WWDC21 – State of the Union Bullet Point List

Another quick list of topics from today’s WWDC State of the Union presentation. I dropped the ball a bit (mostly during the graphics/Metal portion), so apologies for that. Again, no warranties expressed or implied on this. 😉

Xcode in the Cloud

Unit Testing


  • Code signing in the Cloud
  • add a post action
  • automatic delivery to all platforms


  • crash reports and comments delivered to Xcode organizer
    • fully symbolicated

Privacy + Security

  • Slide of new stuff at 19 minute mark

Swift Frameworks: Concurrency

Structured Concurrency


  • industry proven model
  • object that protects its own state
  • mutually exclusive access
  • proper use of main thread


  • assures always runs on main thread


  • another huge step forward
  • critical APIs

Apple dogfooding SwiftUI


  • add swipe action
  • pull to refresh in one line – refreshable
  • searchable
  • platform specific


  • accessibilityRotor
  • accessibilityRepresentation

Multi-column table

  • Table
  • (like Music)


Material support

  • blur?

Swift Playgrounds 4

  • create apps with iPad
  • move between playgrounds and Xcode
  • “available later this year…”


  • RealityKit


  • Metal debugger timeline
  • Unified Graphics Platform


  • Notifications
    • Interruption Level API
      • passive
      • active
      • time sensitive
      • critical – approved entitlement
  • call apps
  • Notification Summary
    • Large thumbnail chosen over small/none
    • relevance score
  • DND
    • based on what they are doing
  • ScreenTime API
    • parental control frameworks
    • managed settings
      • restrict across devices
    • family controls 
      • heart of privacy model
      • tokens
        • device activity framework


  • extra large size for iPad
  • default home screen layouts
  • smart stacks


  • group activities
  • videos are synced
  • framework available for shared playback
  • deep links
  • returns immediately if FaceTime not running
  • coordinate session method
    • that’s it.
  • not screen sharing
    • app is running natively


  • “we can’t wait…”

WWDC21 – Keynote Bullet Point List

Quick list of topics from today’s Keynote presentation. No warranties expressed or implied. 😉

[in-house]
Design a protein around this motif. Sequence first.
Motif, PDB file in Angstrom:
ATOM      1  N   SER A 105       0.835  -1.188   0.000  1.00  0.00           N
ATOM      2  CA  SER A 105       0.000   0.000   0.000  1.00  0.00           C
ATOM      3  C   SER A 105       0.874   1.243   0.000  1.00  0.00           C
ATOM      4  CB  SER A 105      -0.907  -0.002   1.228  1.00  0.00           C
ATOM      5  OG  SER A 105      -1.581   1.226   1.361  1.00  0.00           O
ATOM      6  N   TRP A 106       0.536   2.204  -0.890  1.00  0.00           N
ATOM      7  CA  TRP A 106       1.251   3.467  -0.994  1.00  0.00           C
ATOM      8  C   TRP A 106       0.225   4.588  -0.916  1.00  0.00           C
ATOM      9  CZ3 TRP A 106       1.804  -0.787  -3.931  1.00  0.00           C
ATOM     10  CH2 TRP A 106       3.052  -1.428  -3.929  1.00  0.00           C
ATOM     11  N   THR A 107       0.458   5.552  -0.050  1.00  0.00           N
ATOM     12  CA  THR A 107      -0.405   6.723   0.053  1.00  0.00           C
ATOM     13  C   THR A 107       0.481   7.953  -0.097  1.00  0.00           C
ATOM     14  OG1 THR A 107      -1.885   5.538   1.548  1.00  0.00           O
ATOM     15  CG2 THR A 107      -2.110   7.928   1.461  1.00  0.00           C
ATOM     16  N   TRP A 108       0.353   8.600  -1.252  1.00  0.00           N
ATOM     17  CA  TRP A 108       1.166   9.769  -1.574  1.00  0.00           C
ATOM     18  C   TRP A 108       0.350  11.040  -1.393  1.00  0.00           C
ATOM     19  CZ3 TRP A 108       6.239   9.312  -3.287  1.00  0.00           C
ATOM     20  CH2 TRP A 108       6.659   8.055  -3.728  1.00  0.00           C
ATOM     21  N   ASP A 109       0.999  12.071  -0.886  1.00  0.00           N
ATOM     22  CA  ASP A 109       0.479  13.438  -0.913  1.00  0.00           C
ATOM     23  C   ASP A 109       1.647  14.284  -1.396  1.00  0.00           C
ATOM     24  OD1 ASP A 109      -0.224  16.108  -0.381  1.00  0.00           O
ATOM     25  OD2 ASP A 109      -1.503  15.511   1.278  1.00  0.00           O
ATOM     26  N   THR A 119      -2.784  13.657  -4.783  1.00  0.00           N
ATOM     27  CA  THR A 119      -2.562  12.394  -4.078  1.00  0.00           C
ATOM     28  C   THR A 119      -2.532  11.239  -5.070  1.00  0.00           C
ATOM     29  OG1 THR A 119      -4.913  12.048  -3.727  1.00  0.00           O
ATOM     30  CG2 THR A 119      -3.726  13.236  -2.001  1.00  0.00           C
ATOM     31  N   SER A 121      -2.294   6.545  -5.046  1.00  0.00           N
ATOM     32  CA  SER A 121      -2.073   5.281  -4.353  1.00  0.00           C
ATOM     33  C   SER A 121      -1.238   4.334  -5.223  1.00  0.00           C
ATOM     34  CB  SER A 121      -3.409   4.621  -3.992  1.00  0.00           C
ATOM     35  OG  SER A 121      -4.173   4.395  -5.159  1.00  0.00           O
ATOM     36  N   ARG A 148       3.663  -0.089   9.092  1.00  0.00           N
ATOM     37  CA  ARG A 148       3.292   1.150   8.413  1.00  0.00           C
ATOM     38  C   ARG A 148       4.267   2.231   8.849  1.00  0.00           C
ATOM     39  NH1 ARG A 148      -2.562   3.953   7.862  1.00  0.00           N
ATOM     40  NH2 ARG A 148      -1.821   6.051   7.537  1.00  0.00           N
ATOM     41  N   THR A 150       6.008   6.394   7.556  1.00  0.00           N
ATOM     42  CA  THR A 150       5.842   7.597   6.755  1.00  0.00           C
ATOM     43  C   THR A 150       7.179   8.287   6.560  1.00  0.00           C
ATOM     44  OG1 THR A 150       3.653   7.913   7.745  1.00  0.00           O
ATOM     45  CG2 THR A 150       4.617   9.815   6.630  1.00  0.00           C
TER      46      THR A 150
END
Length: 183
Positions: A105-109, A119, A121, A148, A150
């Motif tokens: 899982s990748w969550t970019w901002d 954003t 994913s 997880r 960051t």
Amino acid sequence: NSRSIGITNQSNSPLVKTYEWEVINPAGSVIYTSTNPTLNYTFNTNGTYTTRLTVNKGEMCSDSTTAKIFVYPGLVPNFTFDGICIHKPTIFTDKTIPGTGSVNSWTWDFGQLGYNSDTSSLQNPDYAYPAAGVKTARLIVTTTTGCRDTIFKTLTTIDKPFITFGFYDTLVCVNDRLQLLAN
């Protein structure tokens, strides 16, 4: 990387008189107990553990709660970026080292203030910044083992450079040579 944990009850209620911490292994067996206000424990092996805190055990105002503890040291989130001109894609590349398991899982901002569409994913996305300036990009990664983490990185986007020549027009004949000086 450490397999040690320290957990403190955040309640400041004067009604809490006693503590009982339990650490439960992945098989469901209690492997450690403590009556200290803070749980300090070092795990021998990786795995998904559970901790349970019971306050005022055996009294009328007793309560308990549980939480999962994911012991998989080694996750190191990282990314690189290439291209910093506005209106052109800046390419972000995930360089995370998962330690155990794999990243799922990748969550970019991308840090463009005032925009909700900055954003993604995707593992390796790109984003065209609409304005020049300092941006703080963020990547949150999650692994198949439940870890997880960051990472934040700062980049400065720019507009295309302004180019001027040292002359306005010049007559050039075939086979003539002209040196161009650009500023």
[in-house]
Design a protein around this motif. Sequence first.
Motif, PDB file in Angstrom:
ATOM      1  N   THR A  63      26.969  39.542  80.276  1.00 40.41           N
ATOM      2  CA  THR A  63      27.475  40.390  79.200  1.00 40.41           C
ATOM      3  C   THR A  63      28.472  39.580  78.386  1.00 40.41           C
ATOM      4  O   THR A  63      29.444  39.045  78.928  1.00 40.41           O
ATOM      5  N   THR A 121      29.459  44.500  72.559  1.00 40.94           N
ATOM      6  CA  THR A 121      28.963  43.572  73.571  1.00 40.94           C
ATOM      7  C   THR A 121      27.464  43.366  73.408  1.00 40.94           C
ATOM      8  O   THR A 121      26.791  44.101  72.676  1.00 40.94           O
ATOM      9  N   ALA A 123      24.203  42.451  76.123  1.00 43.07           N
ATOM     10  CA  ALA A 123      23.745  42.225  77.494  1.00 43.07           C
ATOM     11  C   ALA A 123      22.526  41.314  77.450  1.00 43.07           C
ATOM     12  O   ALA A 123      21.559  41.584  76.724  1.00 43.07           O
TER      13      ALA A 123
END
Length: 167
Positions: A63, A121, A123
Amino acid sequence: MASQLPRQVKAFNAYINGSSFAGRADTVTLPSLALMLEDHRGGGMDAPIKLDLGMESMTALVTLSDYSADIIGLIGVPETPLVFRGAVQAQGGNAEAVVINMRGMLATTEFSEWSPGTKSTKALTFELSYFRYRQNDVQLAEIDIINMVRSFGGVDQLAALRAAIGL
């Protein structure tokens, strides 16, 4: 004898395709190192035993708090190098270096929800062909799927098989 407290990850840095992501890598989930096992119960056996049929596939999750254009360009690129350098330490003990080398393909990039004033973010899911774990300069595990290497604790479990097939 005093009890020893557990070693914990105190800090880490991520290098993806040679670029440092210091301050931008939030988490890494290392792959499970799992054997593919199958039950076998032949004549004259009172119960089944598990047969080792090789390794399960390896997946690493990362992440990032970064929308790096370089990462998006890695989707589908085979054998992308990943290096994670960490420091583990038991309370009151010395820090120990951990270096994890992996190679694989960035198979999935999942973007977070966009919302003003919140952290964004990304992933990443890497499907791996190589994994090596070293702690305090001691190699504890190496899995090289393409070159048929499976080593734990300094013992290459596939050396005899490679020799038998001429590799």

• Spatial audio
  • SharePlay: TV, Screen, Audio


  • notifications 
  • Summary


  • Live text
    • whiteboard
  • Spotlight
  • Photos memories
    • Music + videos
    • Change music
    • AI selected (this never works for me)
  • Wallet
    • Clipper
    • Disney world
    • Keys
      • House
      • Work
      • Hotels
        • Hyatt
      • Also on Apple Watch
    • ID Cards
      • Driver License/ID
      • Encrypted
      • In “Secure Element”
      • TSA also
  • Weather
    • Animations
    • Weather maps
    • Air quality
  • Maps
    • Portugal and Spain
    • Interactive globe
    • New 3D details
    • Landmarks
    • Navigation
      • Driving road details
        • Lanes
        • Crosswalks
      • CarPlay
    • Transit
      • Favorites
    • AR 3D
      • SF
      • San Diego


  • Conversation Boost
    • Directional microphone 
    • Reduce ambient sound
  • FindMy
    • Pro & Max
    • Proximity View
    • Separation Alert
  • Spatial Audio
    • Extend to tvOS 
    • Mac

iPadOS 15

  • Widgets!
    • On Home Screen
    • new large format
    • Files widget 
    • iOS 14
  • App Library
    • iOS 14
    • Reorder pages
      • Does iOS do that?
  • Multitasking
    • Multitasking Menu at top 
    • Mail can open in center on top
    • Minimize to shelf for later access
    • Quick switch
    • Split view from App Switcher
    • Keyboard shortcuts
  • Notes
    • Tags
    • @mention
    • QuickNote
      • Swipe from corner
      • Swipe away when done
      • app aware
        • Safari 
      • MacOS and iOS
  • Translate
    • Split view
    • Auto translate
    • System wide translation
    • Live text?
  • Swift Playgrounds
    • Build apps on iPad
    • Submit to the App Store
    • SwiftUI Previews
  • Privacy
    • On device voice processing
    • Mail
    • Safari
  • iCloud
    • Account Recovery
      • Add people you trust to recovery list
    • Digital Legacy
      • Pass data if you die
      • “iCloud Will”
    • iCloud+
    • No one can see what sites you’re visiting
    • Hide my email 
      • Unique random email
    • HomeKit secure video
    • No price change!
    • Same great price. 😉 
  • Health
    • Heart attack patient
      • Combine ResearchKit, HealthKit, Apple Watch
      • Corrie Health App
    • Monitoring changes in health
      • Mobility
        • Balance
        • Gait impairment
        • Walking Steadiness
      • Labs
        • Analysis and descriptions
      • Trends
        • notifications
    • Share health data 
      • Directly with doctor
    • Family
      • Kids
      • Parents
      • HealthSharing
        • Private
        • See trends
        • Notifications
  • WatchOS 8
    • Health
      • Breathe
        • New animation
      • Reflect
        • Prompt
        • Animation